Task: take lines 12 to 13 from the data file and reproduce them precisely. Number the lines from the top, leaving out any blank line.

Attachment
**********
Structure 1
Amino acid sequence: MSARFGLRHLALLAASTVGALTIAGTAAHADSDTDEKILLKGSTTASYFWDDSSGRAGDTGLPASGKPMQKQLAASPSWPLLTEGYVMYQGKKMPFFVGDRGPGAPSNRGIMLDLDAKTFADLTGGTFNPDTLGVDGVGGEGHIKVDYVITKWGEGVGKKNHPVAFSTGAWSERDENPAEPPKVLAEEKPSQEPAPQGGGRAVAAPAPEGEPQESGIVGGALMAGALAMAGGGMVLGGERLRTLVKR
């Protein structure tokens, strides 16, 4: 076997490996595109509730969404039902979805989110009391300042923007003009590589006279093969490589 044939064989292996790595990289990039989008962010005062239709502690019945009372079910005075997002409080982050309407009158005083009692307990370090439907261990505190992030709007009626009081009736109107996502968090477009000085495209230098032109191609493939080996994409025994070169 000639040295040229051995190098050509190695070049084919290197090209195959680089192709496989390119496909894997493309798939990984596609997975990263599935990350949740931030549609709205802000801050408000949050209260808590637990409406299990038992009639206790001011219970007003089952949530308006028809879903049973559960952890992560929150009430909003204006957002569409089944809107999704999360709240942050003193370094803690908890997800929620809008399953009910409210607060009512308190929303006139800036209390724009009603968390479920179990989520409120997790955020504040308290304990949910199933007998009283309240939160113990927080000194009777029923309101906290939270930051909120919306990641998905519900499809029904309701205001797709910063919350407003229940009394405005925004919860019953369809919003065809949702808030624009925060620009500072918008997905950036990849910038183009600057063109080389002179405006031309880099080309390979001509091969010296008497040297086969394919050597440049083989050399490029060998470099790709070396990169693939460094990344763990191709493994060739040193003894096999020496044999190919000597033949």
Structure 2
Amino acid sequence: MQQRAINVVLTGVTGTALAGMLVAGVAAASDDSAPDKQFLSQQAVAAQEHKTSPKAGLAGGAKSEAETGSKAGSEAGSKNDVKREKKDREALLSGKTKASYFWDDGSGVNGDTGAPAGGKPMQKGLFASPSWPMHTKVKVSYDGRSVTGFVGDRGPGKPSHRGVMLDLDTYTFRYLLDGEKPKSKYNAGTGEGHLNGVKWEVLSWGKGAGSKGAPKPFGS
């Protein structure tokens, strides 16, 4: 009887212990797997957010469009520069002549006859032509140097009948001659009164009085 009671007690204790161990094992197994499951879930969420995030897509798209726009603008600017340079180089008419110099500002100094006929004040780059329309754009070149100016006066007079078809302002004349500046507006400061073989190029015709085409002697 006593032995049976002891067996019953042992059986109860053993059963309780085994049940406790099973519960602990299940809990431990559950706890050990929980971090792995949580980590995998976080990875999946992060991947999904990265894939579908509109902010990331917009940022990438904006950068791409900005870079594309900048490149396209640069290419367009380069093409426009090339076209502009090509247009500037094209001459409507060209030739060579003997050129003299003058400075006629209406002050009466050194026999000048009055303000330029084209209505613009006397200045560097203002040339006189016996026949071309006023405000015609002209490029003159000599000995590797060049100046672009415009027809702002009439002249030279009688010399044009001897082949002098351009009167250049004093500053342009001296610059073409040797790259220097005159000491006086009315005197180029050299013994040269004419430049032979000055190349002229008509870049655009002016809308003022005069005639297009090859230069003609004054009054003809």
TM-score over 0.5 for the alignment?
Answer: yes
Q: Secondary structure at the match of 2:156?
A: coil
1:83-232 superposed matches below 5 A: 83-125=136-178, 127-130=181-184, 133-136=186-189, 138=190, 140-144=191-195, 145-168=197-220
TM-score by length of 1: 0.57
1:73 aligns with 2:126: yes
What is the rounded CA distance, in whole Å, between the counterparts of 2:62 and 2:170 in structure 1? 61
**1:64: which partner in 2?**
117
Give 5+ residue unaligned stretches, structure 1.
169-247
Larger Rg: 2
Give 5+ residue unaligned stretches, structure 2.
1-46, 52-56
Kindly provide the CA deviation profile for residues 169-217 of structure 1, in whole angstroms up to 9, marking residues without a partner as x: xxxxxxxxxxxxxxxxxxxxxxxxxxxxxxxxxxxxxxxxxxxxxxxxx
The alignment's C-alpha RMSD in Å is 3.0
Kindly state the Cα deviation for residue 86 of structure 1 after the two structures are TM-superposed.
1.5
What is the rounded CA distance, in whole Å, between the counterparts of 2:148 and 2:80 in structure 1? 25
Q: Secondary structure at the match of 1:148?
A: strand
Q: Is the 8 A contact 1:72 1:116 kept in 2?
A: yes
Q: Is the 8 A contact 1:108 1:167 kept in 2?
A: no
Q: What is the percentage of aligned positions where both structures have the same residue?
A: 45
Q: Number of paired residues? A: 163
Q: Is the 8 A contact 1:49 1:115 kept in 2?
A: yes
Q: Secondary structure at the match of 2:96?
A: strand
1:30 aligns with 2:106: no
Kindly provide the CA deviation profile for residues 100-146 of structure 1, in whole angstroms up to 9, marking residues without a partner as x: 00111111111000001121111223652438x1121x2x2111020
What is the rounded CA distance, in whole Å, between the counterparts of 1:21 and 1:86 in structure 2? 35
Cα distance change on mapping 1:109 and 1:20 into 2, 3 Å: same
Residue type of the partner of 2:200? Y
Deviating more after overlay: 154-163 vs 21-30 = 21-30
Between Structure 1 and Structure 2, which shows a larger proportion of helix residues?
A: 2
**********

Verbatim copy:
TM-score by length of 1: 0.57
1:73 aligns with 2:126: yes